Katama Bay oyster farms reopened for business last Saturday, about three and a half weeks after the area was closed to harvesting because it was linked to cases of Vibrio bacteria.
The Massachusetts Department of Public Health and the Massachusetts Department of Fish and Game, Division of Marine Fisheries (DMF) announced the reopening Friday afternoon, Oct. 4. The 12 independent oyster farms operating on Katama Bay were back to business Saturday at dawn.
On Sept. 9, the state announced the bay would be closed to oyster harvesting after two cases of Vibrio parahaemolyticus (Vp) were tied to the area.
Vibrio is a naturally occurring bacterial pathogen that is more prevalent in oysters in warmer water. People can become ill after eating raw oysters with high levels of Vibrio; cooking the oysters kills the bacteria.
Vp can cause gastrointestinal illness, often with abdominal cramping, nausea, vomiting, fever and chills. There are rare cases of severe disease, most commonly for those with weakened immune systems.
According to a press release from the DPH and DMF, state officials decided to reopen Katama Bay because no new human cases of Vibrio have been reported since the closure and weekly average water temperatures have declined since the implicated oysters were harvested.
Because cases of Vp are on the rise in New England, the state instituted a Vibrio control plan earlier this year. That plan mandated a closure if two or more cases of sickness were tied to the area. The criteria for reopening are no new reported illnesses for two weeks, declining water temperatures and tests of oysters in the affected area that come back clean.
Oyster beds in Duxbury, Kingston, Marshfield and Plymouth were also reopened on Saturday; those areas were closed on August 30 because of Vibrio.
According to the DPH, there have been 50 reports of confirmed Vp in state residents since May 31, 2013, with 31 of those cases linked to consumption of raw oysters from Massachusetts growing areas. In the same time period last year, the state said, there were 27 cases. Vibrio has led to oyster bed closures in several other states, including Connecticut, New Jersey and New York.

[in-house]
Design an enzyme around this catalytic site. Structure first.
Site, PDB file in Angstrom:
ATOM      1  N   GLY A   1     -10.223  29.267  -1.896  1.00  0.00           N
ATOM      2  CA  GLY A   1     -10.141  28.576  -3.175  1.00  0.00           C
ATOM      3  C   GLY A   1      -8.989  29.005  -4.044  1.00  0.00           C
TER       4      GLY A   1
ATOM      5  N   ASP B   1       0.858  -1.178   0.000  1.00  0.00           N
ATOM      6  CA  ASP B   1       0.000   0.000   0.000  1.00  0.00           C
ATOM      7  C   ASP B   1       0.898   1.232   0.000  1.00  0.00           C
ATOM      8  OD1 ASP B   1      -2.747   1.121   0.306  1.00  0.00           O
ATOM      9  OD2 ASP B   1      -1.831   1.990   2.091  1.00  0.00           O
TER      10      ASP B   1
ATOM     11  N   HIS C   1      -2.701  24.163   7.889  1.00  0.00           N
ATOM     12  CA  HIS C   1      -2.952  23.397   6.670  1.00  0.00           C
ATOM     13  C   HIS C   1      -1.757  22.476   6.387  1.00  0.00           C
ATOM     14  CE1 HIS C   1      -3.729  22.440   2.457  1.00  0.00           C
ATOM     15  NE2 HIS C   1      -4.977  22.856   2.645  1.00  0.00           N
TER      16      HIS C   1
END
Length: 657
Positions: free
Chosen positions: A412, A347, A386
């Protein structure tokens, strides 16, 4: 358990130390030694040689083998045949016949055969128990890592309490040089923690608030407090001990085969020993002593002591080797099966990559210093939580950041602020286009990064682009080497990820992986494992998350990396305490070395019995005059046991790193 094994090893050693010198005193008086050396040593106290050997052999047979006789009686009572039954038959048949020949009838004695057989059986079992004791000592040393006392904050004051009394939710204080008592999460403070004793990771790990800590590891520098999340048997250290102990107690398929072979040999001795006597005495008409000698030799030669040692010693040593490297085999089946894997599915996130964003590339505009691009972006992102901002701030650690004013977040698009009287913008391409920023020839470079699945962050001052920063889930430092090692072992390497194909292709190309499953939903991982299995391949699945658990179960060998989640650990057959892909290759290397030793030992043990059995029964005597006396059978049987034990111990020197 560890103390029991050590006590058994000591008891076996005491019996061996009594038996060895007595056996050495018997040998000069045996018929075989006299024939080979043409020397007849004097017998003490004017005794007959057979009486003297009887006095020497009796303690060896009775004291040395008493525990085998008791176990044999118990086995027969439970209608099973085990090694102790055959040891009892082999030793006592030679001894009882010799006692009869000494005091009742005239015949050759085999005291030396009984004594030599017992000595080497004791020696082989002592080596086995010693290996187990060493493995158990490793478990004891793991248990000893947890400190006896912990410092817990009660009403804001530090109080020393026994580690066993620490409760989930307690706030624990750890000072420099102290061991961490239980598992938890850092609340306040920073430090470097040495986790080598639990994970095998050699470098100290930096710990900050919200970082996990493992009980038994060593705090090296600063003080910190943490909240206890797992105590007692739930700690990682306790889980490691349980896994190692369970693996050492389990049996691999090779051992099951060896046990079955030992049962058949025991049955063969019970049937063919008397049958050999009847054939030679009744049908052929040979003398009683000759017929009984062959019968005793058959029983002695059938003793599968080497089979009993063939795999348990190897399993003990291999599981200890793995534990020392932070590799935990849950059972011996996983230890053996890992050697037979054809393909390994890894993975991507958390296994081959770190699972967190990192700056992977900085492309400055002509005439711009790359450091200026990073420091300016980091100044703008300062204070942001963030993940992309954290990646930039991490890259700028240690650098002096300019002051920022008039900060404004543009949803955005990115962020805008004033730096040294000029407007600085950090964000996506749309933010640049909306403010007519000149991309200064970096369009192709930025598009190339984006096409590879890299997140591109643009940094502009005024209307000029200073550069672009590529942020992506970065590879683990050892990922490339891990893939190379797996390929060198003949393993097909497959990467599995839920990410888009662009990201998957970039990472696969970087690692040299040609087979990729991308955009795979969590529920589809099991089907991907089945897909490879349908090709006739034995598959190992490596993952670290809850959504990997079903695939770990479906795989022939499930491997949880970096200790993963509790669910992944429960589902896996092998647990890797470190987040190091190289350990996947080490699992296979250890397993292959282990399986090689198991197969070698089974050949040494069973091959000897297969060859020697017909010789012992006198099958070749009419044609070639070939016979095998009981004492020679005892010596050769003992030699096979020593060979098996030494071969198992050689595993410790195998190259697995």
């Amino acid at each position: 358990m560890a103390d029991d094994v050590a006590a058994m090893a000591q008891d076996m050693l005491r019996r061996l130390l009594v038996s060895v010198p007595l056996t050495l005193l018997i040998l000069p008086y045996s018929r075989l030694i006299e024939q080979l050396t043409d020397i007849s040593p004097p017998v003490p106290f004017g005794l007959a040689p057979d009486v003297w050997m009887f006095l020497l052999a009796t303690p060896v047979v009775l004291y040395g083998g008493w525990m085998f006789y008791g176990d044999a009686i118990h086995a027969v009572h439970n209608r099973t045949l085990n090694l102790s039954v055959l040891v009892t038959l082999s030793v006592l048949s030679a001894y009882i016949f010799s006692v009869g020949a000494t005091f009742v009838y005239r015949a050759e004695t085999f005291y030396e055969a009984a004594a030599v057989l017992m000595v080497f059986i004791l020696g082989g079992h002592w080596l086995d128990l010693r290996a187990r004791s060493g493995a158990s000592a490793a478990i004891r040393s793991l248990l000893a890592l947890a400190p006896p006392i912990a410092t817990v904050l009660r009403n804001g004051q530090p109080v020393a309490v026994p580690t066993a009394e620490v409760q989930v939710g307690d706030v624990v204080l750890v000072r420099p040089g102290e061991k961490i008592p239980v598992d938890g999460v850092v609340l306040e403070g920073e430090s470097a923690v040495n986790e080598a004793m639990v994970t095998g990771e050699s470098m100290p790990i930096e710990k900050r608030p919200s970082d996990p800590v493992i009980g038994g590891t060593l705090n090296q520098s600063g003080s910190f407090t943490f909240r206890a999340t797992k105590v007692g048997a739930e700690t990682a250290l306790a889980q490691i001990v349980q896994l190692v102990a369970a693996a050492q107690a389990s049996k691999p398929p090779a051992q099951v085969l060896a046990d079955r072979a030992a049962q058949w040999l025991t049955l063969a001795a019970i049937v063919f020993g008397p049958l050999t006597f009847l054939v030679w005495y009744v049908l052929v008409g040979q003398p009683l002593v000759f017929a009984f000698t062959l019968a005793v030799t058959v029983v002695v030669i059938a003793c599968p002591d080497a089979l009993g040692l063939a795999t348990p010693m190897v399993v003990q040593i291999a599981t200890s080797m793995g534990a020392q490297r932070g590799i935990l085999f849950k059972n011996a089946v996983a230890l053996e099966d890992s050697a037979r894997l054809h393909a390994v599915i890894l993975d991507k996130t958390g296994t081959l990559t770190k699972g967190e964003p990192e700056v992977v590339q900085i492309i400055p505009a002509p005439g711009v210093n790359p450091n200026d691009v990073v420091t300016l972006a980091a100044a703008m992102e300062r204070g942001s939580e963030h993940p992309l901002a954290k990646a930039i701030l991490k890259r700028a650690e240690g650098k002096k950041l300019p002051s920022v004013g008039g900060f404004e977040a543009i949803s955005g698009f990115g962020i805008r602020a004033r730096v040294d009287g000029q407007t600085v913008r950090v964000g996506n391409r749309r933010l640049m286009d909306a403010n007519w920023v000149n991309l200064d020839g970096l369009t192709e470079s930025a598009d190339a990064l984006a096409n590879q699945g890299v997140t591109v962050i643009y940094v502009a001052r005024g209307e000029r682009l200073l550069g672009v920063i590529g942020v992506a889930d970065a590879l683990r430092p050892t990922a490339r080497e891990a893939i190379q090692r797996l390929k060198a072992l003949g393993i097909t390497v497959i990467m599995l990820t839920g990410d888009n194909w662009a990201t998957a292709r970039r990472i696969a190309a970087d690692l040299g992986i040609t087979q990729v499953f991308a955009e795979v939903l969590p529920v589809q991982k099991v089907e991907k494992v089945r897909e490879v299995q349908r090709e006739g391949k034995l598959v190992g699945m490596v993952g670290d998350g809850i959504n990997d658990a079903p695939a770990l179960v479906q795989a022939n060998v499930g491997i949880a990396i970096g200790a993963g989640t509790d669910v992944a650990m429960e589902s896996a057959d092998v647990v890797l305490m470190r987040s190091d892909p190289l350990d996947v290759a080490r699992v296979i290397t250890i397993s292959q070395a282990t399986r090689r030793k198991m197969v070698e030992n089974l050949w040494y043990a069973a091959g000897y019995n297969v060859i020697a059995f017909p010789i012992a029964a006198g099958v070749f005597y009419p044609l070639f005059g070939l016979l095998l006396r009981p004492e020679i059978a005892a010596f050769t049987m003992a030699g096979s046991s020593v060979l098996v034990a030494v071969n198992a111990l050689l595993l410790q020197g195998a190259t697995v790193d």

Edgartown shellfish constable Paul Bagnall said the announcement was
good news, and surprising as it came earlier than expected. Samples from Katama Bay oysters were being sent for testing every Monday, Mr. Bagnall said, and he hadn’t heard results. Mr. Bagnall said it was his understanding that the decision to reopen was primarily based on cooler water temperatures.
The reopening was welcome news to the oyster farmers on the bay, and to those who like to eat Katama oysters. Mr. Bagnall said the first oysters were headed to markets by Saturday afternoon. About five million oysters are harvested from Katama Bay in a year, according to Mr. Bagnall.
The oyster farmers might have lost some sales, he said, noting there are only so many weeks in a year. “I think a little bit of lost income,” he said.
And because oysters were not sold for more than three weeks, some of the oyster cages were crowded as the oysters continued to grow and none were removed. He said to his knowledge, the oysters did not grow to be so big they could not be sold.
“It didn’t seem to affect the demand,” he added.
The bay was reopened before Columbus Day, as he’d hoped, Mr. Bagnall said, adding that the months before Christmas are a busy time for oysters, and Katama oysters can now be served in Kenmore Square during the Red Sox playoffs.
“We appreciate the cooperation and understanding of the public and the industry,” said Massachusetts Public Health Commissioner Cheryl Bartlett in the press release announcing the reopening. “It was important to monitor environmental conditions and reports of illness, which gave us confidence that public health concerns were addressed before the harvesting areas were re-opened.”
“Our Division of Marine Fisheries is committed to working closely with our state public health partners, federal officials and the industry to enhance the Vibrio control plans currently in place,” said Department of Fish and Game commissioner Mary Griffin.
Going forward, Mr. Bagnall said, closing the bay when it hits peak water temperatures could be a possibility. He said the oyster farmers are willing “to go above and beyond what the state requires,” a possibility that was discussed by several farmers at a shellfish committee meeting earlier this month. One idea is to put the oysters on ice right when they come out of the water.
“Jack and I are thrilled to be harvesting oysters again,” said Sue Blake, who operates Sweet Neck farm with her husband, Jack, in an email. “We are happy for all the farmers.”
She said it is business as usual and “the oysters look beautiful and taste delicious.”
“Fall is a busy time for oysters farmers,” Mrs. Blake added. “There is a lot to take care of before the cold winter winds begin to blow.”